A nationwide Greek Orthodox Church council has denounced government plans to legalize civil marriages, bringing into the open differences between the conservative church and the new Socialist administration of Prime Minister Andreas Papandreou.
The statement by the church council may well signal the start of a power struggle between the Greek church and state, testing the influence of the centuries-old and traditionally powerful Greek Orthodox clergy against that of the Socialist Party (Pasok), a new political force that swept last October's general elections on a platform of civil law reforms and the separation of the church from the administrative workings of the state.
"According to the teachings of our church, civil marriage is tantamount to prostitution and adultery" said a statement issued after the reportedly stormy council meeting Wednesday. "Any Greek who marries in this fashion automatically sets himself outside the church and forfeits its blessing." It was signed by Archbishop of Greece Seraphim and 75 metropolitans from all parts of the country.
The council said that it will recognize civil marriage as an option only for those Greeks prepared to declare themselves atheists. It cautioned the government that demoting religious marriage from its current compulsory status would endanger "the unity of the nation."
The council's sharp criticism of the government reform proposals, which had been discussed and, it was widely thought, agreed upon in mixed church-state committees, is viewed here as a victory for hard-liners inside the church. Their fear is that the influence of the church will be weakened by the proposed revision of the civil and family law codes.
The revision, aside from introducing civil marriage, includes striking adultery (now punishable by up to a year in jail) from the list of criminal offenses and changing the article of the codes that states that the husband is the head of the family.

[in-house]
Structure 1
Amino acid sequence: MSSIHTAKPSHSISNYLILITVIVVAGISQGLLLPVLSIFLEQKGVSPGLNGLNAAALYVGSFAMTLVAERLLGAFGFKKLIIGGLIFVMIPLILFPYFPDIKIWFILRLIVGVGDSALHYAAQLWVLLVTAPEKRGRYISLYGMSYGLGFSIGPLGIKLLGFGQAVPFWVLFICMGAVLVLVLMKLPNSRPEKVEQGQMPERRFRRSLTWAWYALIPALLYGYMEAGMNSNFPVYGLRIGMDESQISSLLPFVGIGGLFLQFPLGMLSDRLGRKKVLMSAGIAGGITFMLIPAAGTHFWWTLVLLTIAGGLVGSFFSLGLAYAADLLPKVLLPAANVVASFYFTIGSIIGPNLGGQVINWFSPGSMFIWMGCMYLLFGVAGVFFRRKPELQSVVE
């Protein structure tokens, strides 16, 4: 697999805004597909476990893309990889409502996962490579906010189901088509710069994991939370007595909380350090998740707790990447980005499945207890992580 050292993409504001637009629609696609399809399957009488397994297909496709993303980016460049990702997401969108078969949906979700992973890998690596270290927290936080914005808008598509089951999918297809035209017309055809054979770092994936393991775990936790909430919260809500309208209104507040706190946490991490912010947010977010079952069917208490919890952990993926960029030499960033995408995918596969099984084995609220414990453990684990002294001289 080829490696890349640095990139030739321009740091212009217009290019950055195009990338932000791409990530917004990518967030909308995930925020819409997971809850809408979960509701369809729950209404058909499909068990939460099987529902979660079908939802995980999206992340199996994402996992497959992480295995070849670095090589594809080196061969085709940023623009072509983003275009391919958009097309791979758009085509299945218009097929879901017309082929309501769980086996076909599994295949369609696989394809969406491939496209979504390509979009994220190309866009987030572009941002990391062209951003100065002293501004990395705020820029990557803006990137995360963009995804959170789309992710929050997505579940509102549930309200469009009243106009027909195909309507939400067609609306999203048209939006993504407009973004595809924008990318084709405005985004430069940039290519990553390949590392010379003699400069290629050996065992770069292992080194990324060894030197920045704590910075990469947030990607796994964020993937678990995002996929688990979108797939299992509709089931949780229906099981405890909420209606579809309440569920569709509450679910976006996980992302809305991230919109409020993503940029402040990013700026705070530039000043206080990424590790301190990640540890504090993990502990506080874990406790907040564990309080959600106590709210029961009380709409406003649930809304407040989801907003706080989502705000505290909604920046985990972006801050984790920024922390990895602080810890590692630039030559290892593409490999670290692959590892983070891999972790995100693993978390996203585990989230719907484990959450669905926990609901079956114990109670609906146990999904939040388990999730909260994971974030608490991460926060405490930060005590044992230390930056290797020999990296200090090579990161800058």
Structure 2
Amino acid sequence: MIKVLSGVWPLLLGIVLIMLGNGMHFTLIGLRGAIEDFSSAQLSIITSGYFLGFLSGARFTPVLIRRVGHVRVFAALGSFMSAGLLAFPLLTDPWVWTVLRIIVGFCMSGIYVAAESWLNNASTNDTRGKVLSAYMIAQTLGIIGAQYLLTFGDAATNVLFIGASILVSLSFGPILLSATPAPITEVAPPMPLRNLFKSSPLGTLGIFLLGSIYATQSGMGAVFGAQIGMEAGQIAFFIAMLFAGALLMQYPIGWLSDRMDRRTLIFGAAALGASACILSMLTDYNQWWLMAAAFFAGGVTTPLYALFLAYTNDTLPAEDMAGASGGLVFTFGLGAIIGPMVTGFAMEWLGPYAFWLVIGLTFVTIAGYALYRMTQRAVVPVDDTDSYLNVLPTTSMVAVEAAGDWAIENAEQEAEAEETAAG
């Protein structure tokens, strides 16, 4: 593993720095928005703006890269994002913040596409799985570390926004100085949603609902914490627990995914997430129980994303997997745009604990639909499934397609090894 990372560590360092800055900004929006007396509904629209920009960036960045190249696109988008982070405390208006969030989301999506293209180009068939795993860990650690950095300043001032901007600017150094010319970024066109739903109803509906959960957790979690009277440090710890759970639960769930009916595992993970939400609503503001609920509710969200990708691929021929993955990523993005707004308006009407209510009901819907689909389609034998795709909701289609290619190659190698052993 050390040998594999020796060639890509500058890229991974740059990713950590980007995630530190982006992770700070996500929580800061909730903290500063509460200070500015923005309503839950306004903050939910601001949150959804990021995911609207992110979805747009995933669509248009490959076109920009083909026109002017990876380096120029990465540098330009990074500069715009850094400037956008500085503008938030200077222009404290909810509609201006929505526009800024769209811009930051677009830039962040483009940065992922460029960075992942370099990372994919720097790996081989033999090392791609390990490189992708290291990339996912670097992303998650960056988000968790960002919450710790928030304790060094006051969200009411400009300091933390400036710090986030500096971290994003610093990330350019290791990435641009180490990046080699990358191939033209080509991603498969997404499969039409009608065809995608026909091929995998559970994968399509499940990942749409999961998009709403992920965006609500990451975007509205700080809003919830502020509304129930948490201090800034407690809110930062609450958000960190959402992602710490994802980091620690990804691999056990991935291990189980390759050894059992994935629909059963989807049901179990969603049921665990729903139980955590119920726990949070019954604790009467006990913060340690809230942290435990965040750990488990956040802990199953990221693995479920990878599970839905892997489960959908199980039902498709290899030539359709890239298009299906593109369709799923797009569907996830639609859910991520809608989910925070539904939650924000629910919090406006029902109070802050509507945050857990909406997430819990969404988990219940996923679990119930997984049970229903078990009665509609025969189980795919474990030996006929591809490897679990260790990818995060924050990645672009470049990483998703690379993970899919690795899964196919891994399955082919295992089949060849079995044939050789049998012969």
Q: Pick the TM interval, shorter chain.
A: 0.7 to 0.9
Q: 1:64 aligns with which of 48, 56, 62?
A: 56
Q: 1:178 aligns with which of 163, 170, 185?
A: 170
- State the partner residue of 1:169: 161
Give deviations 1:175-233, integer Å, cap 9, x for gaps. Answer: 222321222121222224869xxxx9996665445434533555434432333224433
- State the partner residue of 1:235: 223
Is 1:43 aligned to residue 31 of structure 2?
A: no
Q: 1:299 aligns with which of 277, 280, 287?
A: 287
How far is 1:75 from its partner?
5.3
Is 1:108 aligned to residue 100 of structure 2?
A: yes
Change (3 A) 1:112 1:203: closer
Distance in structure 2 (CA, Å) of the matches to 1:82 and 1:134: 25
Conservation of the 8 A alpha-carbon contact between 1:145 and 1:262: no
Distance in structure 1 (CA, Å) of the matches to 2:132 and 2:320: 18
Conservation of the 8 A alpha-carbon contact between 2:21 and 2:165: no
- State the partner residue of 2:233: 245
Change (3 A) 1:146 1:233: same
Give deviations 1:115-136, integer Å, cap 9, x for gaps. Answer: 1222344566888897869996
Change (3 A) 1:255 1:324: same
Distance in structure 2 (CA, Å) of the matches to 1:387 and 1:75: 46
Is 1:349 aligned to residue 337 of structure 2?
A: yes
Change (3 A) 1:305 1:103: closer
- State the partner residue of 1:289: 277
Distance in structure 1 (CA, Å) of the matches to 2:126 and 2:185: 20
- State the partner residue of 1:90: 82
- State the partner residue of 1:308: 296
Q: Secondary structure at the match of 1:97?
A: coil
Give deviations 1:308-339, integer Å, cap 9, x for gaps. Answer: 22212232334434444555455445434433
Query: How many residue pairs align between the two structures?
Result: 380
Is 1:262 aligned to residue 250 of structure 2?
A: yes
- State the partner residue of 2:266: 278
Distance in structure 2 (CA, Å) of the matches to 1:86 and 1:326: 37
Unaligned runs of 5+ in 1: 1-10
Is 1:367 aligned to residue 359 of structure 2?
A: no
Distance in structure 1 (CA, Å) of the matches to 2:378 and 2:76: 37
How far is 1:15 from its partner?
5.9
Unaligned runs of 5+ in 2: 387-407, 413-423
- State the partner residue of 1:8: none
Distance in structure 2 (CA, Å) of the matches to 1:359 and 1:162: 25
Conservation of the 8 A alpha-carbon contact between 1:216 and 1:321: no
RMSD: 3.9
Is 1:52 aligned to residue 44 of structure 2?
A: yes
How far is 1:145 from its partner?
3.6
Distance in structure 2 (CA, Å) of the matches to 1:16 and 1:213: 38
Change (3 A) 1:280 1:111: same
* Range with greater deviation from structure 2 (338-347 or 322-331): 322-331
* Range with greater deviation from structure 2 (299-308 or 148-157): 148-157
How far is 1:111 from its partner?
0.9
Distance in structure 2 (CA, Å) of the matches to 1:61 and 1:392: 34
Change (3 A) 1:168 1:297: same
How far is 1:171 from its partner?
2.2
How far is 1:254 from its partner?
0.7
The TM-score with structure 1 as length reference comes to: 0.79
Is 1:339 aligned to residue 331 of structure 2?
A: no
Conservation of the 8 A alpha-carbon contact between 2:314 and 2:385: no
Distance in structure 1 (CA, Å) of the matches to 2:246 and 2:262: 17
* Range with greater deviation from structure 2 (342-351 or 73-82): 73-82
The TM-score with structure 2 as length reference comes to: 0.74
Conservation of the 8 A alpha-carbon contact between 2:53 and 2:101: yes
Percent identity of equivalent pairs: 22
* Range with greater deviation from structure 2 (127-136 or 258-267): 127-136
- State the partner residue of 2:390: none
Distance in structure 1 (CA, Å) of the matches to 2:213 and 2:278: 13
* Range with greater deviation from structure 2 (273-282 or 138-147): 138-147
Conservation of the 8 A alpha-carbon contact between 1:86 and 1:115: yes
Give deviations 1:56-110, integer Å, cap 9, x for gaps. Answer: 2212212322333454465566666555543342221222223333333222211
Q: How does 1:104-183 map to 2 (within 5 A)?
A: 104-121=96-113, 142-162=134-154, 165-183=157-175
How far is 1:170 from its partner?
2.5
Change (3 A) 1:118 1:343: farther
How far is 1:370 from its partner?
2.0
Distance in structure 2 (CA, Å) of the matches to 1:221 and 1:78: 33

The church avoided taking a stand in the October election battle, in keeping with its tradition of bending to the prevailing political winds. But it is still a powerful symbol for many Greeks, who are taught in school that it was the church that, in underground schools, carried the torch of Greek language and culture through 400 years of Ottoman rule.
Speaking to the press after the council meeting, Greek Justice Minister Efstathios Alexandris said the final arbiter on the issue will now have to be Papandreou. The prime minister, who is not noted for a religious temperament, so far has tried to accommodate the sensibilities of the religious authorities by stressing that the separation of church and state that he is ultimately committed to will not disturb "the ties of the church with the nation and the people."
Part of his caution can be attributed to the fact that the church remains particularly influential in rural areas, where a voter swing away from the former ruling party New Democracy played a crucial role in the Socialists' election victory.
The prime minister, however, also will be under pressure from Greek women's organizations, which rallied female voters in support of the Socialists last fall on the basis of pledges to usher in long-requested changes in civil and family law. Under the former administrations of New Democracy, the government was anxious to avoid antagonizing the church by acceding to feminist demands.
Former prime minister George Rallis, whose campaign poster featured a chapel in the background, had assured the Holy Synod that his administration would not legalize civil marriage.
If the Socialist reforms go through, they will end the irregularity caused by the fact that Greeks married in a civil ceremony abroad are not considered legally married in Greece. They thus revert to single status and are free to marry again once inside the Greek border.